From the age of seven Jenna Rosenstein knew she wanted to be a magazine editor. “I would sit for hours and draw my own magazines and staple the pages together for my family and friends to read,” she says. “They were awful and full of typos. But I was obsessed with eventually moving to New York City and working in magazines.”
Then, at the age of 10 she decided she desperately wanted to become the next Kim France (founding editor of Lucky). “I was Lucky magazine’s biggest fan,” Jenna says. She took the first step toward her dream while attending New York University. As a college student, she held internships at Women’s Wear Daily, Harper’s BAZAAR (as editor-in-chief Glenda Bailey’s intern!) and Allure. She also interned with another fashion-forward brand, Bloomingdale’s.
But, it was her Allure internship that turned into her first official job as the magazine’s beauty assistant. Then, over the course of three years at the publication she worked her way up to senior beauty editor. From there, she spent a handful of months at Refinery29 with the same title overseeing the site’s branded content.
Now, in her role as senior beauty editor for BAZAAR.com and as host of Harper’s BAZAAR’s hit digital series The Beauty Show Jenna is a loved and trusted beauty news and trend expert. Episodes of The Beauty Show have more than 2.2 million views and more than 91,000 viewer interactions. Episode topics range from a sneak peek into the beauty stash of makeup artist Mario Dedivanovic, to woman-on-the-street interviews to see what New Yorkers think of the latest KKW perfume.
Jenna’s job comes with loads of perks, like having the newest (sometimes not-even-yet-released) makeup and skincare in her office. She also puts in the hard work her job demands. Creating content is a nonstop job, and she takes her role of journalist and host very seriously. What else does her job require? “You have to be fearlessly creative, have a strong writing voice, and be able to identify content across all mediums that resonates and over-performs in an ever-changing digital media landscape,” she says.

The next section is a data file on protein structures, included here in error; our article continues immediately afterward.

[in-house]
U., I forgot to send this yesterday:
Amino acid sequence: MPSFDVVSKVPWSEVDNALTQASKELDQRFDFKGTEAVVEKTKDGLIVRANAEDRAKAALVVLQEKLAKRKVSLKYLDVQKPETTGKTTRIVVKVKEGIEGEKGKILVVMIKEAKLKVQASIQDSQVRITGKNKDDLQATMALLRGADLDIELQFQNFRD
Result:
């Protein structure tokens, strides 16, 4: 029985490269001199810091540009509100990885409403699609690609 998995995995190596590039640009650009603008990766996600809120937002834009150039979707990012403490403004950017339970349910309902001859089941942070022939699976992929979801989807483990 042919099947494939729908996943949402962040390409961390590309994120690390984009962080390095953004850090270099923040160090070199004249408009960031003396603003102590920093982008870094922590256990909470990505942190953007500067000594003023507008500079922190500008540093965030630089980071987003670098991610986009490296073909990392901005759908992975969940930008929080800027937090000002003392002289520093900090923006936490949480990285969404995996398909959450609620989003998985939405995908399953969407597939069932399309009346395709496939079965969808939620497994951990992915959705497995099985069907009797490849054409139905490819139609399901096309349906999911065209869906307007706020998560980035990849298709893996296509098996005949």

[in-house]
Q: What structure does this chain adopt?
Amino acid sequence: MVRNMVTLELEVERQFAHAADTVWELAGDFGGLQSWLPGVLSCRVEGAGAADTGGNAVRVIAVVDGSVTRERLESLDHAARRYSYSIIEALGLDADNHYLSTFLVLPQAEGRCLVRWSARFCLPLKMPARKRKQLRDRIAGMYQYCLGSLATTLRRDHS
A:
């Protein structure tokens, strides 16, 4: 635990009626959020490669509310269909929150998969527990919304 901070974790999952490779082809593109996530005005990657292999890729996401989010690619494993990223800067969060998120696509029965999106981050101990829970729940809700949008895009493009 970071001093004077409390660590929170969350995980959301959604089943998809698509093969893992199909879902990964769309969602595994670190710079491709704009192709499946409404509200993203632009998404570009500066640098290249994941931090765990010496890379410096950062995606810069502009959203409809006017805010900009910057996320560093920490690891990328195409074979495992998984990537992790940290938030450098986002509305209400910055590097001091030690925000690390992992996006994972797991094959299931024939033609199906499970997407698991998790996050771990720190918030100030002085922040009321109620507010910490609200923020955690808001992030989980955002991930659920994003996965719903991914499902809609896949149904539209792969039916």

Tell us how you went from the girl dreaming of editing a magazine to turning that dream into reality as a beauty editor.
Even though I knew I wanted to work in magazines, I had no idea what that really meant. I knew editors had (seemingly) glamorous lives, wrote articles and went to fashion week at Bryant Park. That was the extent of it. But I truly believe that you can manifest your dreams into reality through the power of positive thinking.
I spent the duration of high school obsessing over getting into NYU. I got in, then I spent the duration of college obsessing over working at all the magazines I loved. I still believed that fashion was the best route to go in order to get my foot in the door, because I didn’t know that editors could specialize in beauty. Even though I read Allure every month, it never really clicked for me that beauty editors existed until I interned there.
My mom worked in cosmetics for years, and I was fluent in prestige cosmetics and skincare. I was even a fragrance spritzer as a side gig in college, and I recorded a few terrible makeup tutorials for my now-defunct blog. Once I got a taste for the Allure beauty department, it all seemed so obvious: I was destined to be a beauty editor.
Most college students feel great with one internship under their belt, but you had four! What did your experiences at WWD, Bloomingdale’s, Harper’s BAZAAR and Allure teach you that you still use in your career today?